I Don’t Trust Pretty Guitars

     I don’t trust pretty guitars. Especially my go-to designs, Strats and Teles. Any honest axe is battle-scarred, walks with a slight limp on cold mornings and has the experience to deftly handle whatever deranged suggestion has just been floated by whatever miscreant brain hired you.
     Anything glossy and sparkly and virginal can’t have been broken in, hasn’t experienced the delight of protecting its master from errant vocal entrances, bad drummers, crooked venue owners, rowdy bikers and bad breakups. These things build The Voice.
     If it hasn’t been tweaked for gigs a thousand times in your lap with sub-optimal tools in every condition from dust storms to blizzards, it’s just going to sound and feel uptight.
     These things build The Voice.
    The paint needs to crack so the wood can cure and the thing gets exposed to the world and its lessons, from hundreds of vermin-infested band houses to 5-star accommodations all over the world, from playing the rattiest, smelliest dive toilets to stadium concerts where from the fog of war, you watch your notes fly out across tens of thousands of heads during a solo—these are the things that deflower an axe, creating The Crew of Two, and yes:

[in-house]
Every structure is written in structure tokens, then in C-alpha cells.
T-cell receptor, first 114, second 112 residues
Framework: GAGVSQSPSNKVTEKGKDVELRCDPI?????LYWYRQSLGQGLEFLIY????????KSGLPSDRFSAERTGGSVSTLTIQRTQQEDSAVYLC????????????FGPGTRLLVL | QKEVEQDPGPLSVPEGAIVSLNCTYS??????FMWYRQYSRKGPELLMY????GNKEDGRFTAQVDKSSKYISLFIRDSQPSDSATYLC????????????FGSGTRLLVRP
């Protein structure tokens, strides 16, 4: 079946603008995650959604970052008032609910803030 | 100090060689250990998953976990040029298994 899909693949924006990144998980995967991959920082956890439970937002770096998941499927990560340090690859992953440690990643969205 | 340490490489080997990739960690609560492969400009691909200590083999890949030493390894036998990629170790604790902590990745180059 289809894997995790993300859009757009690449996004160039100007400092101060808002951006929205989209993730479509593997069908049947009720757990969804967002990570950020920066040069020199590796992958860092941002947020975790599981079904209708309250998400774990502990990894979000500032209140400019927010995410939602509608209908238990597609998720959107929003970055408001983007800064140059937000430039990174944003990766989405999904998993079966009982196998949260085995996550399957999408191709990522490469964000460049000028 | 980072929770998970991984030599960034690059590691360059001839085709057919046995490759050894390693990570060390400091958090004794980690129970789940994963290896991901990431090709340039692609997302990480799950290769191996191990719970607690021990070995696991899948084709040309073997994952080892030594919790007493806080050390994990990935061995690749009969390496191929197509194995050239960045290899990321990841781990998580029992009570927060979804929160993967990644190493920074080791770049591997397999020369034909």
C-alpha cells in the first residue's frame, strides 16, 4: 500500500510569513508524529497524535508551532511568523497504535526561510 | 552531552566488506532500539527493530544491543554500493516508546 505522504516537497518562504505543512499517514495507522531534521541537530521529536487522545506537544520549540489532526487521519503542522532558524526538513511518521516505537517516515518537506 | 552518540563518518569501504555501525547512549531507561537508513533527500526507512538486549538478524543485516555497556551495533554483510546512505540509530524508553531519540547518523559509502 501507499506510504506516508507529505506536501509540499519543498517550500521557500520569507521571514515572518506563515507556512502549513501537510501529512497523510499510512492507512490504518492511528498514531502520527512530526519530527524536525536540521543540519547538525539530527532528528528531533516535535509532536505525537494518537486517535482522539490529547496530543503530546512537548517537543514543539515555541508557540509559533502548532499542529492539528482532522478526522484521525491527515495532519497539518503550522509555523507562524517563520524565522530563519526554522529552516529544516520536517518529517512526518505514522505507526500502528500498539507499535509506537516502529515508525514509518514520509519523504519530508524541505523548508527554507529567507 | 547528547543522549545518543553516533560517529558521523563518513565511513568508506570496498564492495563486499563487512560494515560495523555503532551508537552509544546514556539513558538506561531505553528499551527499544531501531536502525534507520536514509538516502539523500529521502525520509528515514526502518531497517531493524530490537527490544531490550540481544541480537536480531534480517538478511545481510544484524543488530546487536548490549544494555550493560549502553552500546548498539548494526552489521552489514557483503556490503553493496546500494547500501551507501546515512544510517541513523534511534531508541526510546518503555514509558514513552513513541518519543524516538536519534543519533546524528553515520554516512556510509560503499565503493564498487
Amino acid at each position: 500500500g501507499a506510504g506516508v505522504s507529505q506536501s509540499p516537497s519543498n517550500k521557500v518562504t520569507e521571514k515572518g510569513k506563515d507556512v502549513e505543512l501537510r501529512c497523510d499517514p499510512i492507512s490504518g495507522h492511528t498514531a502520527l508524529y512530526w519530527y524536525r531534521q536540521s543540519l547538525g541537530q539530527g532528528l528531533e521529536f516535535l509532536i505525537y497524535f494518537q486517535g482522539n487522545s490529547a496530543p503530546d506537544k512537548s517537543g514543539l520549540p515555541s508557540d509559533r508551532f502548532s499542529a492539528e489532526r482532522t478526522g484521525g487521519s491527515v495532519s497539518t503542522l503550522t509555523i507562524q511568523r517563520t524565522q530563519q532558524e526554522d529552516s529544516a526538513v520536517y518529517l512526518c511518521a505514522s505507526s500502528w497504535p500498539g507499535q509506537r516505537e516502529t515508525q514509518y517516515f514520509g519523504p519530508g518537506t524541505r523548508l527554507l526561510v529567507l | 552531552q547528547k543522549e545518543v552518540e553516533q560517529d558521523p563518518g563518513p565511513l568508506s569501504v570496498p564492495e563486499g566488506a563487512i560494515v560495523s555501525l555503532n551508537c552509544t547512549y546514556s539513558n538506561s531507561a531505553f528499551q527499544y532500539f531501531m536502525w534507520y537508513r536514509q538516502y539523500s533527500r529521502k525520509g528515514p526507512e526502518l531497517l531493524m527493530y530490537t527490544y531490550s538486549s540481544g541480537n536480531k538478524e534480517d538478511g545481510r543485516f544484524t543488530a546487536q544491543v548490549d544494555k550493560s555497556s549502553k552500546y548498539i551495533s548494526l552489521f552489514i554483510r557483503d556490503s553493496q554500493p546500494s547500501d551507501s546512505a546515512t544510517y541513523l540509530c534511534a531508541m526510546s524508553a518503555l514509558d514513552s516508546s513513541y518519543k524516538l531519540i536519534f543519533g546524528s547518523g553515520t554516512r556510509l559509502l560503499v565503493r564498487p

These things build The Voice.
     I passed a beat-up old Harley yesterday, parked on the street. The frame was spray-painted flat day-glow yellow and spattered with oil, the headset and tank were oxidized black, the seat was cracked, the engine and rims looked like they just climbed out of a grave. It was fueled by hope and faded-glory Americana, and was the kind of bike you see a grizzled old dude in grizzled old leathers troubleshooting and repairing with pliers on the roadside in the most desolate reaches of Arizona, cussing prodigiously and wishing he had enough duct tape to get him to the next town, where he can grab a beer at some juke joint while ZZ plays on the system.
     For me to trust it, an axe needs to be more like that Harley than a shiny new Mercedes.
     Coddle your axes and smother them with paint and polish if you must, but give me a proven veteran from the front lines; I don’t care if it has warrants for its arrest in several states. As long as the frets are good and the neck is straight, I’ll take an old beat-to-hell Strat over a shiny, unproven piece of glitter any day.

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JOYThe Will to Shine